Consumer Products

“World’s first” 3D printed titanium cycling power meter crankset hits the road

Cycling power meter specialist Verve Cycling and engineering consultancy METRON Additive Engineering have launched what they claim is the “world’s first” commercially available 3D printed cycling power meter crankset.

The Infocrank power meter, which is fitted to a bicycle to measure the power output of the rider, has been in development for some time by Verve Cycling and last year underwent a revamp by means of additive manufacturing to deliver greater flexibility and customization to the component’s design.

Not only has the 3D printed power meter, named the Infocrank 3D Ti, become commercially available to consumers, but British Cycling is already using a track variant of the crankset to deliver significant advantages to its riders.

“Traditionally in manufacturing you can only design for areas that you can access – essentially the outside,” Verve Cycling CEO Bryan Taylor told CyclingTips. “However for cranks the ideal shape is a closed box with some internal structures and varying wall thickness.

“This is very difficult to achieve with traditional manufacturing as you generally can’t get to the inside faces. 3D printing means you can design exactly what you need.”

A lighter, more flexible crankset

Verve Cycling first launched the Infocrank power meter in 2014, which soon gained a reputation for accuracy and reliability. The component was one of the first cranksets to include a power meter in both left and right cranks to deliver true left-to-right power measurement, and according to Verve is the “most accurate” power meter currently available.

In 2016, the company teamed up with British Cycling to develop a track-specific version of the Infocrank, with reportedly around a third of Tokyo 2020 medallists using the crankset in training for the Games. However, despite the accuracy benefits of the power meter, its weighty design meant that the crankset was less popular on the road.

Last year, Verve Cycling partnered with Metron Additive Engineering to re-engineer the crankset using 3D printing in order to reduce the component’s weight and improve its customization. Dimitris Katsanis, Founder and CEO of METRON, had previously worked with the likes of British Cycling, INEOS, and Pinarello to design and 3D print optimized cycling components and equipment.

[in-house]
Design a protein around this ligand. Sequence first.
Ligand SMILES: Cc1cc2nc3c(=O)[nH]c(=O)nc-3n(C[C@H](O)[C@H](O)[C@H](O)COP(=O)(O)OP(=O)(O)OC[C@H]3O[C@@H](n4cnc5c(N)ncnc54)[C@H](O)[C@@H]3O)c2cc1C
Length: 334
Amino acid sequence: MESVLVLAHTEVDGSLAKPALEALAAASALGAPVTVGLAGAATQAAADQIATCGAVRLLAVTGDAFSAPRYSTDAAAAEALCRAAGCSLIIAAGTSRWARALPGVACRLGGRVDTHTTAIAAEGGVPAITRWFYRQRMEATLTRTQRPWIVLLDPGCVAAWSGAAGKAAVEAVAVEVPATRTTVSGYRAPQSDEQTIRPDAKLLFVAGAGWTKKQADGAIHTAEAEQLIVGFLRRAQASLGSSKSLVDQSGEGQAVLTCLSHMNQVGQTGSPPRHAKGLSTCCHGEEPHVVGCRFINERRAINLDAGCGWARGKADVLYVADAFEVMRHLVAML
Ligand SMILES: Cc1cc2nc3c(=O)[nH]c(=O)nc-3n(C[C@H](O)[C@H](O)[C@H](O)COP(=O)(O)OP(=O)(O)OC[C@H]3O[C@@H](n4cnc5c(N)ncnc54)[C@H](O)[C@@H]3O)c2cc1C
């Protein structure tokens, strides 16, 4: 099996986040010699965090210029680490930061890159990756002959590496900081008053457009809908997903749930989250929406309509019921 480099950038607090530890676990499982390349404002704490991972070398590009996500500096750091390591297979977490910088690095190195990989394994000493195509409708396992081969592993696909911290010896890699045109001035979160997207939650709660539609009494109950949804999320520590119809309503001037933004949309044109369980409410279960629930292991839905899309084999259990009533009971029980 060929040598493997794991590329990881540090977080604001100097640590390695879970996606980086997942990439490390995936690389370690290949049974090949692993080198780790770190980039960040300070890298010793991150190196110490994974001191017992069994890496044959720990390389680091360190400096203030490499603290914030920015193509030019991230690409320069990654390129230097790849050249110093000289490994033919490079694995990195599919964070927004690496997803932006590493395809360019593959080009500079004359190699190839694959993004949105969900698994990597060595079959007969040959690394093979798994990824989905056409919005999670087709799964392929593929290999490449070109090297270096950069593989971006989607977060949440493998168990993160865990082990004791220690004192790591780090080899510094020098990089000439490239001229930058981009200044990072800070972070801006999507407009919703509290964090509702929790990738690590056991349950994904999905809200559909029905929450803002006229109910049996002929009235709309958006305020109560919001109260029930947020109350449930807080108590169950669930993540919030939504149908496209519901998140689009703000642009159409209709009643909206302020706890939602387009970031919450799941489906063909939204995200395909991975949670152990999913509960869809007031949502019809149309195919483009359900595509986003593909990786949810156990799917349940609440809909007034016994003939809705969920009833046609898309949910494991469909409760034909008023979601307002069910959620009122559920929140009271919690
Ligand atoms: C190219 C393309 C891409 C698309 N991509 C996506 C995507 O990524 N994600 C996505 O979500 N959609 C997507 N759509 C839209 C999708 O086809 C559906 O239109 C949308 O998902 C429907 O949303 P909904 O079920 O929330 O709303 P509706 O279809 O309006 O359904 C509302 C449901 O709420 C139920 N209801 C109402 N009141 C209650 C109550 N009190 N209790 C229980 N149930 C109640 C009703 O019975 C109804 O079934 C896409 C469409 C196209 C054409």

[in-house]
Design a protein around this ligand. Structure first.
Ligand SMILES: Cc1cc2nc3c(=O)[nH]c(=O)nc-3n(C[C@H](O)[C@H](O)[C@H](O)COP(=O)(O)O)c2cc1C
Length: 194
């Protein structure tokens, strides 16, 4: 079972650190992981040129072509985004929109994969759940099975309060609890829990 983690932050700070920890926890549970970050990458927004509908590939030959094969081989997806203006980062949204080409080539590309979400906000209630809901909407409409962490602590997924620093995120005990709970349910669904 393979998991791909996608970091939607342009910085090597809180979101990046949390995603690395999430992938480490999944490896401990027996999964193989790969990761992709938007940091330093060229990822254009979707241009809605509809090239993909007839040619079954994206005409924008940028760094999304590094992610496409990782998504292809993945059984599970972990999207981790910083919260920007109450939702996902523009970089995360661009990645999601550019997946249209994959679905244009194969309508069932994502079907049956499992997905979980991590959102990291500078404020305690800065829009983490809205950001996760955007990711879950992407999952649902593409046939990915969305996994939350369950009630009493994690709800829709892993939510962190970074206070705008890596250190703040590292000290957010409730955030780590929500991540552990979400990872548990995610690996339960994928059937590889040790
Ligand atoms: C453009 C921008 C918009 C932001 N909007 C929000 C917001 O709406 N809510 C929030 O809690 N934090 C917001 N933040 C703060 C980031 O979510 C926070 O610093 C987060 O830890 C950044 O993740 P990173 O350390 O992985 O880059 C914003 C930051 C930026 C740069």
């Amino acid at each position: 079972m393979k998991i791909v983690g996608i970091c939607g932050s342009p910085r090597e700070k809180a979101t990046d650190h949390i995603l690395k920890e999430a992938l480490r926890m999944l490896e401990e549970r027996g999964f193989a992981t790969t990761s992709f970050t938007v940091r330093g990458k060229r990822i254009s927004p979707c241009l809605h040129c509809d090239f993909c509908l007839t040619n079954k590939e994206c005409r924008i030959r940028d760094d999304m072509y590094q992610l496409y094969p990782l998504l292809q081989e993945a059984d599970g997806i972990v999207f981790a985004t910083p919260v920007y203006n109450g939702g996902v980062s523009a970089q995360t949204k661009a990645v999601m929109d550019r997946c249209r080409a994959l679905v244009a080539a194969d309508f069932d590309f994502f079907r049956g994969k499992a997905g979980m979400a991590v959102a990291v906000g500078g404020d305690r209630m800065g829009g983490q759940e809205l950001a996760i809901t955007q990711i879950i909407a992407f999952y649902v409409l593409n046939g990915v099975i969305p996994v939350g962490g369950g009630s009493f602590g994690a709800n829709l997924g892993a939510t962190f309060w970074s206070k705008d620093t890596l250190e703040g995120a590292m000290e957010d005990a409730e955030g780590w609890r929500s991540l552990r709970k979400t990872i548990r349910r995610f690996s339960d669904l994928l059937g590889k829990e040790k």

The new Infocrank 3D Ti crankset integrates the power meter into a new 3D printed titanium crank arm to provide a lighter and stiffer component. The 3D printing process also offers greater flexibility in terms of design, both for achieving the optimal shape of a power meter crank and in customizing the crank’s length according to each rider’s preference. 

According to Parsons, 3D printing enabled the team to produce cranks with complex geometries that cannot be replicated by traditional manufacturing methods while still maintaining the ISO standard for crank fatigue tests. 

While the companies are vague on the details of the 3D printing technology used to fabricate the power meter crankset, the process is described as: “Ti6Al4V titanium is melted by a high power electron beam under high vacuum conditions, at a facility that is aerospace qualified.”

While British Cycling athletes are already reaping the benefits of the new Infocrank 3D Ti in training, a road variant is due to be released later this Spring. In the meantime, Verve Cycling is offering MTB and BMX compatible Infocrank 3D Ti power meters to consumers, although at a fairly hefty price tag of around the £4,000-£5,000 mark. 

The 3D printed Infocrank 3D Ti. Photo via Verve Cycling.
The 3D printed Infocrank 3D Ti. Photo via Verve Cycling.

How 3D printing is aiding elite cycling

With additive manufacturing able to provide greater customization, alongside significant time and weight savings, to cycling equipment and accessories, more and more athletes and national teams are looking to the technology to bolster their performance. 

British Cycling is no stranger to 3D printing, having previously worked with global engineering firm Renishaw, Lotus Engineering, and bicycle engineering firm Hope technology to design a new track bike for the Great Britain Cycling Team in lead up to the Tokyo 2020 Olympics.

Also in lead up to the Games, the French Cycling Federation leveraged 3D printing to fabricate customized handlebars for its bikes in order to enhance aerodynamic efficiency, while the Italian national cycling team sought to improve its athletes’ aerodynamics using a Calibry 3D scanner from Thor3D.

Elsewhere, additive manufacturing has also been utilized to fabricate customizable hard-shelled carbon cycle shoes with superior biomechanical performance, and bespoke cycling helmets by means of augmented reality (AR).

Test ride with the new HopeLotus track bike for British Cycling at the Manchester Velodrome. Photo via Hope/Lotus British Cycling.
Test ride with the new HopeLotus track bike for British Cycling at the Manchester Velodrome. Photo via Hope/Lotus British Cycling.

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Featured image shows the 3D printed Infocrank 3D Ti. Photo via Verve Cycling.